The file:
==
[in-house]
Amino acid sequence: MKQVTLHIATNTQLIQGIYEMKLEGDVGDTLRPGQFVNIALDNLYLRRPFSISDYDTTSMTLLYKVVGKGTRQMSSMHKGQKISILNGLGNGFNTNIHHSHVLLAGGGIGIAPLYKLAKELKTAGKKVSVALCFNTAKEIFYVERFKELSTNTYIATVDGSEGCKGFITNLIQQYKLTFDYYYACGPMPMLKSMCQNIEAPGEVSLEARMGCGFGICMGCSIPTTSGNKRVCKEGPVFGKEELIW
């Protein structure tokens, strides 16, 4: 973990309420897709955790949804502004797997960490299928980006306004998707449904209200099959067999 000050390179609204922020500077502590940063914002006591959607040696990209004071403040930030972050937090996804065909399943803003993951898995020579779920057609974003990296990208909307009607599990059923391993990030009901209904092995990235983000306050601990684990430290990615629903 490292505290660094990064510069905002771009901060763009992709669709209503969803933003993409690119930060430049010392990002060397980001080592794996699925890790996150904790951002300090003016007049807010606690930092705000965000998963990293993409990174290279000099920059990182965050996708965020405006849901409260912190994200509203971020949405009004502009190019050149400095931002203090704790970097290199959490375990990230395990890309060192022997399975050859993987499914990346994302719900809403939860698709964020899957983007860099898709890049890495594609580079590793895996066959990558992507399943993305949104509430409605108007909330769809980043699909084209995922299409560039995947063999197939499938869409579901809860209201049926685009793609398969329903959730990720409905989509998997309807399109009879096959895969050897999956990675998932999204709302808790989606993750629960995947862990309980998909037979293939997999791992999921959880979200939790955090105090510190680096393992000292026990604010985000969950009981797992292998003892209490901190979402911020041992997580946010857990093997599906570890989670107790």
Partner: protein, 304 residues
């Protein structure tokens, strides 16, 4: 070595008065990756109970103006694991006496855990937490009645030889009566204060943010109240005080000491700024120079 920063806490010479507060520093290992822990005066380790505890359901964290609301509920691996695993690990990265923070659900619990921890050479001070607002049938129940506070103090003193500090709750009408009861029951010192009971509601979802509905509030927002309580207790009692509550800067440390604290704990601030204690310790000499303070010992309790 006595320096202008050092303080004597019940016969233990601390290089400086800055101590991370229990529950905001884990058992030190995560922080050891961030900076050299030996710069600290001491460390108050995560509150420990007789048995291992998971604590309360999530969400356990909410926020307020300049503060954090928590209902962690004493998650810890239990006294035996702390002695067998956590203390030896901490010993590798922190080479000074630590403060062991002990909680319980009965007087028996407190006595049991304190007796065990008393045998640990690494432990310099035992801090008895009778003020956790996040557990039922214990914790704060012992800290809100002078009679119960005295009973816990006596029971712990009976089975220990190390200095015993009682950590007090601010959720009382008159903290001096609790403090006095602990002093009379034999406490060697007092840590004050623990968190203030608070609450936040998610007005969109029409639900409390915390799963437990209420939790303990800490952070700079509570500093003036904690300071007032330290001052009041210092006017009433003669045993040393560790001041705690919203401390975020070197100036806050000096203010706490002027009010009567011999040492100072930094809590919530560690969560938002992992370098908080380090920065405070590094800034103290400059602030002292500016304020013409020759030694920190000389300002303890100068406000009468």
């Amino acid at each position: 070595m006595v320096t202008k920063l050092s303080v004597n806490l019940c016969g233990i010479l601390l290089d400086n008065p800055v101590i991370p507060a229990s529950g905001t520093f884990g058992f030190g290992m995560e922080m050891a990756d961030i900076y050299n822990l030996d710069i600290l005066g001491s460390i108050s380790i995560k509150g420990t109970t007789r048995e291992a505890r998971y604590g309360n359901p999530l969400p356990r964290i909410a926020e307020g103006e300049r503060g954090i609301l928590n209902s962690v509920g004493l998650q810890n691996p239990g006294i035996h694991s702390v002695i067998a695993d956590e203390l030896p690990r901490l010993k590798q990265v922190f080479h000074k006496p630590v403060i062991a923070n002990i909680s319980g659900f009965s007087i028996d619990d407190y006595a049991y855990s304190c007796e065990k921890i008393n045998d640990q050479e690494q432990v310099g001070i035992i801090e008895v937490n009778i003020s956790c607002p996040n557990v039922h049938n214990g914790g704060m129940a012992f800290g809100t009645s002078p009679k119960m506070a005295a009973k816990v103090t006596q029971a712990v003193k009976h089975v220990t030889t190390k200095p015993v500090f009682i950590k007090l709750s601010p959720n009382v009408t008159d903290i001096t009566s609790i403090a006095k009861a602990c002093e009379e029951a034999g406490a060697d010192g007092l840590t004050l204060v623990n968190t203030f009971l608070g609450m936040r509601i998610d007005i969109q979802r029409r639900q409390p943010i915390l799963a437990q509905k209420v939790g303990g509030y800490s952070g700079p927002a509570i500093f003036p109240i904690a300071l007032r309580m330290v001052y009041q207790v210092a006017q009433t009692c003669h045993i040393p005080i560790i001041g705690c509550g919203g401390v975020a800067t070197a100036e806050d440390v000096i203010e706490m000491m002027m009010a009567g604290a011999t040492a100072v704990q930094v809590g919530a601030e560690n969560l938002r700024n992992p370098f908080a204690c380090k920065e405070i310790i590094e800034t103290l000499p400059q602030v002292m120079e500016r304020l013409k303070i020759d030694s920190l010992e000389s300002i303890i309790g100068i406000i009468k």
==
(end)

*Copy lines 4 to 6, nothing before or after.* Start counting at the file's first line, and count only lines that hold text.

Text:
Partner: protein, 304 residues
């Protein structure tokens, strides 16, 4: 070595008065990756109970103006694991006496855990937490009645030889009566204060943010109240005080000491700024120079 920063806490010479507060520093290992822990005066380790505890359901964290609301509920691996695993690990990265923070659900619990921890050479001070607002049938129940506070103090003193500090709750009408009861029951010192009971509601979802509905509030927002309580207790009692509550800067440390604290704990601030204690310790000499303070010992309790 006595320096202008050092303080004597019940016969233990601390290089400086800055101590991370229990529950905001884990058992030190995560922080050891961030900076050299030996710069600290001491460390108050995560509150420990007789048995291992998971604590309360999530969400356990909410926020307020300049503060954090928590209902962690004493998650810890239990006294035996702390002695067998956590203390030896901490010993590798922190080479000074630590403060062991002990909680319980009965007087028996407190006595049991304190007796065990008393045998640990690494432990310099035992801090008895009778003020956790996040557990039922214990914790704060012992800290809100002078009679119960005295009973816990006596029971712990009976089975220990190390200095015993009682950590007090601010959720009382008159903290001096609790403090006095602990002093009379034999406490060697007092840590004050623990968190203030608070609450936040998610007005969109029409639900409390915390799963437990209420939790303990800490952070700079509570500093003036904690300071007032330290001052009041210092006017009433003669045993040393560790001041705690919203401390975020070197100036806050000096203010706490002027009010009567011999040492100072930094809590919530560690969560938002992992370098908080380090920065405070590094800034103290400059602030002292500016304020013409020759030694920190000389300002303890100068406000009468």
């Amino acid at each position: 070595m006595v320096t202008k920063l050092s303080v004597n806490l019940c016969g233990i010479l601390l290089d400086n008065p800055v101590i991370p507060a229990s529950g905001t520093f884990g058992f030190g290992m995560e922080m050891a990756d961030i900076y050299n822990l030996d710069i600290l005066g001491s460390i108050s380790i995560k509150g420990t109970t007789r048995e291992a505890r998971y604590g309360n359901p999530l969400p356990r964290i909410a926020e307020g103006e300049r503060g954090i609301l928590n209902s962690v509920g004493l998650q810890n691996p239990g006294i035996h694991s702390v002695i067998a695993d956590e203390l030896p690990r901490l010993k590798q990265v922190f080479h000074k006496p630590v403060i062991a923070n002990i909680s319980g659900f009965s007087i028996d619990d407190y006595a049991y855990s304190c007796e065990k921890i008393n045998d640990q050479e690494q432990v310099g001070i035992i801090e008895v937490n009778i003020s956790c607002p996040n557990v039922h049938n214990g914790g704060m129940a012992f800290g809100t009645s002078p009679k119960m506070a005295a009973k816990v103090t006596q029971a712990v003193k009976h089975v220990t030889t190390k200095p015993v500090f009682i950590k007090l709750s601010p959720n009382v009408t008159d903290i001096t009566s609790i403090a006095k009861a602990c002093e009379e029951a034999g406490a060697d010192g007092l840590t004050l204060v623990n968190t203030f009971l608070g609450m936040r509601i998610d007005i969109q979802r029409r639900q409390p943010i915390l799963a437990q509905k209420v939790g303990g509030y800490s952070g700079p927002a509570i500093f003036p109240i904690a300071l007032r309580m330290v001052y009041q207790v210092a006017q009433t009692c003669h045993i040393p005080i560790i001041g705690c509550g919203g401390v975020a800067t070197a100036e806050d440390v000096i203010e706490m000491m002027m009010a009567g604290a011999t040492a100072v704990q930094v809590g919530a601030e560690n969560l938002r700024n992992p370098f908080a204690c380090k920065e405070i310790i590094e800034t103290l000499p400059q602030v002292m120079e500016r304020l013409k303070i020759d030694s920190l010992e000389s300002i303890i309790g100068i406000i009468k």